12 comments:

Cynthia said...

God, you've got courage.

Karen and Joe said...

Thank you for sharing that story. I really like seeing who your boy is. An adventurer, open to life and people and experiences. You were all courageous to step out at that uncertain time, but like you, I would do all of it and more if I had known how short the time would be. No regrets about college tuition, family vacations, or money invested in musical instruments that would soon become silent. I am grateful for every single moment.
I hope you can tell us more and more about him as time goes by. I love hearing about your beautiful son.

Gannet Girl said...

Karen - you are so right.

We travelled a great deal with our kids when they were young, and were occasionally criticized for spending so much money on trips that they would not remember. Why don't you wait till they're older? friends would ask. Thank God we didn't.

Betsy said...

20+ years ago a mom whose 19 y.o. son had just died said to me that they'd not raised him with any faith tradition because they figured he could explore that for himself when he grew up. She paused for a long time and then said, "We never knew he wouldn't grow up." She taught me more about being a parent in that moment than she could've ever known...and your post today reminds of it again. Thanks for sharing this story.

Ruth Hull Chatlien said...

Thank for this story. I found it inspiring . . . just to be reminded that it's good to take chances and not assume we'll get another opportunity.

Lisa :-] said...

I would have been petrified to let my son (if I had a son...) board a plane so soon after 9/11. You were insanely brave, and Chicago son reaped tremendous benefit from that.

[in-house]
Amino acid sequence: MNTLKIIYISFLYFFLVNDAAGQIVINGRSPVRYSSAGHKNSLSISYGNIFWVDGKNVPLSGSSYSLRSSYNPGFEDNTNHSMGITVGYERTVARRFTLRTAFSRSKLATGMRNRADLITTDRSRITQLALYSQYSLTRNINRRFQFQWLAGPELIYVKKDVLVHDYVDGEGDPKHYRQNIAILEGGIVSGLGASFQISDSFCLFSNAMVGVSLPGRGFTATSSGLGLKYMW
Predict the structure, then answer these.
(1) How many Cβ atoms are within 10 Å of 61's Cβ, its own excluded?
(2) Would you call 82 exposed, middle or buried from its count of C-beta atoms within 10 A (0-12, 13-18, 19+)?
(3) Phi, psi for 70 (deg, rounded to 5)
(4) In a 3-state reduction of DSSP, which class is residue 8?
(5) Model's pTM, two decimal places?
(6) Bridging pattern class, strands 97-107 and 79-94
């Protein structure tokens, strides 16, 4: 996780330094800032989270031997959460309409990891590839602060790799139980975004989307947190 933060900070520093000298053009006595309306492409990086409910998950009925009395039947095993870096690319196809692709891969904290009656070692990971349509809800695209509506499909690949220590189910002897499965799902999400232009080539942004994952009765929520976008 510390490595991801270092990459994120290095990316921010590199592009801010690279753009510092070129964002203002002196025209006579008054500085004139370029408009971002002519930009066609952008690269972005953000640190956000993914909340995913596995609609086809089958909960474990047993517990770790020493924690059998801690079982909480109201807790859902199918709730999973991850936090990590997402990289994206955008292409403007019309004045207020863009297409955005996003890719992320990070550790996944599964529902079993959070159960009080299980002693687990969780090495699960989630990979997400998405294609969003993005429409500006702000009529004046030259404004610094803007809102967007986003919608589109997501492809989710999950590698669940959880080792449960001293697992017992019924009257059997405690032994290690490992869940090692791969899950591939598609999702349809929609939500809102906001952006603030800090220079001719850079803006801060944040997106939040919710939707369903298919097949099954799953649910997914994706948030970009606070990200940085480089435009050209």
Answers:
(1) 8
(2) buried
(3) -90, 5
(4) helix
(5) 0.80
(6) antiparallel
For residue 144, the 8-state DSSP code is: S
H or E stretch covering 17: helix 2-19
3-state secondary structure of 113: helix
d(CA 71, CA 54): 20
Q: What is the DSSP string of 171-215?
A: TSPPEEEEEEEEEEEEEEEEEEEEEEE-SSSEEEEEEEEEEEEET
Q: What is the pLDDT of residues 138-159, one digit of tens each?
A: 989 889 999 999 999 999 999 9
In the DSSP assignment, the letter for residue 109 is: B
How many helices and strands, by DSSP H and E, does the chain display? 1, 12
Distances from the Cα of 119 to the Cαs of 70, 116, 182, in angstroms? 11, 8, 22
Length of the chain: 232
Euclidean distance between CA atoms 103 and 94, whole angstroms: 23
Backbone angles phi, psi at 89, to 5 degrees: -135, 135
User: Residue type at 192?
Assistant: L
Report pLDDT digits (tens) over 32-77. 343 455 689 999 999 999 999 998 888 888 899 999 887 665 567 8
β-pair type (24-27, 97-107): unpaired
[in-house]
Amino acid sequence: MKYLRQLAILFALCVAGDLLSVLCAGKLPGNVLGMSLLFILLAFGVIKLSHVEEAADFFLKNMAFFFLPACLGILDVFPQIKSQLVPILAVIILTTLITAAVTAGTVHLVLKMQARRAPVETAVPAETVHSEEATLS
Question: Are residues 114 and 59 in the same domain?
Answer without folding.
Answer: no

Of course you made the right choice. And you would make it again. You strike me as one who would always want her children to live lives as rich and full as possible, every minute. No matter how many minutes there are...

Jennifer said...

It will be redundant to the other posts, but how courageous you were.... I love hearing about your son, and hearing your own voice as mother emerge in a different way as you share the memories. Thank you for this gift.

karengberger said...

I'm so glad that you supported his desire to follow his dream, in the face of the fear that was everywhere at that time. What a great message to him, and a gift, to allow him to live away from you for a year.
Coincidentally, Gregg and I were also slated to take off for Europe on September 12, 2001 - to belatedly celebrate our 10th wedding anniversary. I didn't have the courage to reschedule the trip, as you had for your son's benefit...which is just what the terrorists wanted. Hats off to you!

Jennifer said...

I loved reading this post about your beautiful son.

Rev SS said...

"Because we never do know, not in any single second, what the next one will bring. Carpe Diem. Always" ~ Amen!

Jodie said...

Yeah. Carpe Diem!

Ellyn said...

You were beyond being a wonderful Mother.
You and your husband were the very best parents any child could have had.
I am always incredulous that you can bring your thoughts, feelings, emotions to a level that I can empathize with.
Thank you for your insight.